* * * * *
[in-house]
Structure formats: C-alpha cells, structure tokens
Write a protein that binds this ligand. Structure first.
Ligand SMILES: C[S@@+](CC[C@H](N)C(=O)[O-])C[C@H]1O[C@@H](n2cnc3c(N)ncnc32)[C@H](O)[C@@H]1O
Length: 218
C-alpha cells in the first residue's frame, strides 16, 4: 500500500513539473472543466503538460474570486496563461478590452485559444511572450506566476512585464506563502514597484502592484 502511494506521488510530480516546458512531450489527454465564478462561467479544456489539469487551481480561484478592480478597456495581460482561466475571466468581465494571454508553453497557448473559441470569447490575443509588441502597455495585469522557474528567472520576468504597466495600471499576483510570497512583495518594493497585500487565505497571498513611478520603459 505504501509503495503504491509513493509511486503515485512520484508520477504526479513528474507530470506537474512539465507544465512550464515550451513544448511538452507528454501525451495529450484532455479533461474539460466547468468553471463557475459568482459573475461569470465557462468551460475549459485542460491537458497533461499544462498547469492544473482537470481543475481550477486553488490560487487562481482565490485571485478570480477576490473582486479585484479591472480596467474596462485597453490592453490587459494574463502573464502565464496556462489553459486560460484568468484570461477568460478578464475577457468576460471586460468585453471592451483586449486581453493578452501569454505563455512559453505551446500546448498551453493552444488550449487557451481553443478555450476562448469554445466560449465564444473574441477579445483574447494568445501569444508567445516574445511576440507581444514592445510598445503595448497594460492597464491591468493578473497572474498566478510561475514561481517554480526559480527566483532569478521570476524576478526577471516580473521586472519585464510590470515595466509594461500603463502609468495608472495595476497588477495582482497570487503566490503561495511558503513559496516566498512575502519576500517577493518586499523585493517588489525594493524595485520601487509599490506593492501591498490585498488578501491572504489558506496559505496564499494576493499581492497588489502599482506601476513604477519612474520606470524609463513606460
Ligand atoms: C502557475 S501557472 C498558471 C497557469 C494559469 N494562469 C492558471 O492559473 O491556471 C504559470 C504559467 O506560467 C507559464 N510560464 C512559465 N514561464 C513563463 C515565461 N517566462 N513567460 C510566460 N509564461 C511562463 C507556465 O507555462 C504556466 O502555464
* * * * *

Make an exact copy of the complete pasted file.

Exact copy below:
[in-house]
Structure formats: C-alpha cells, structure tokens
Write a protein that binds this ligand. Structure first.
Ligand SMILES: C[S@@+](CC[C@H](N)C(=O)[O-])C[C@H]1O[C@@H](n2cnc3c(N)ncnc32)[C@H](O)[C@@H]1O
Length: 218
C-alpha cells in the first residue's frame, strides 16, 4: 500500500513539473472543466503538460474570486496563461478590452485559444511572450506566476512585464506563502514597484502592484 502511494506521488510530480516546458512531450489527454465564478462561467479544456489539469487551481480561484478592480478597456495581460482561466475571466468581465494571454508553453497557448473559441470569447490575443509588441502597455495585469522557474528567472520576468504597466495600471499576483510570497512583495518594493497585500487565505497571498513611478520603459 505504501509503495503504491509513493509511486503515485512520484508520477504526479513528474507530470506537474512539465507544465512550464515550451513544448511538452507528454501525451495529450484532455479533461474539460466547468468553471463557475459568482459573475461569470465557462468551460475549459485542460491537458497533461499544462498547469492544473482537470481543475481550477486553488490560487487562481482565490485571485478570480477576490473582486479585484479591472480596467474596462485597453490592453490587459494574463502573464502565464496556462489553459486560460484568468484570461477568460478578464475577457468576460471586460468585453471592451483586449486581453493578452501569454505563455512559453505551446500546448498551453493552444488550449487557451481553443478555450476562448469554445466560449465564444473574441477579445483574447494568445501569444508567445516574445511576440507581444514592445510598445503595448497594460492597464491591468493578473497572474498566478510561475514561481517554480526559480527566483532569478521570476524576478526577471516580473521586472519585464510590470515595466509594461500603463502609468495608472495595476497588477495582482497570487503566490503561495511558503513559496516566498512575502519576500517577493518586499523585493517588489525594493524595485520601487509599490506593492501591498490585498488578501491572504489558506496559505496564499494576493499581492497588489502599482506601476513604477519612474520606470524609463513606460
Ligand atoms: C502557475 S501557472 C498558471 C497557469 C494559469 N494562469 C492558471 O492559473 O491556471 C504559470 C504559467 O506560467 C507559464 N510560464 C512559465 N514561464 C513563463 C515565461 N517566462 N513567460 C510566460 N509564461 C511562463 C507556465 O507555462 C504556466 O502555464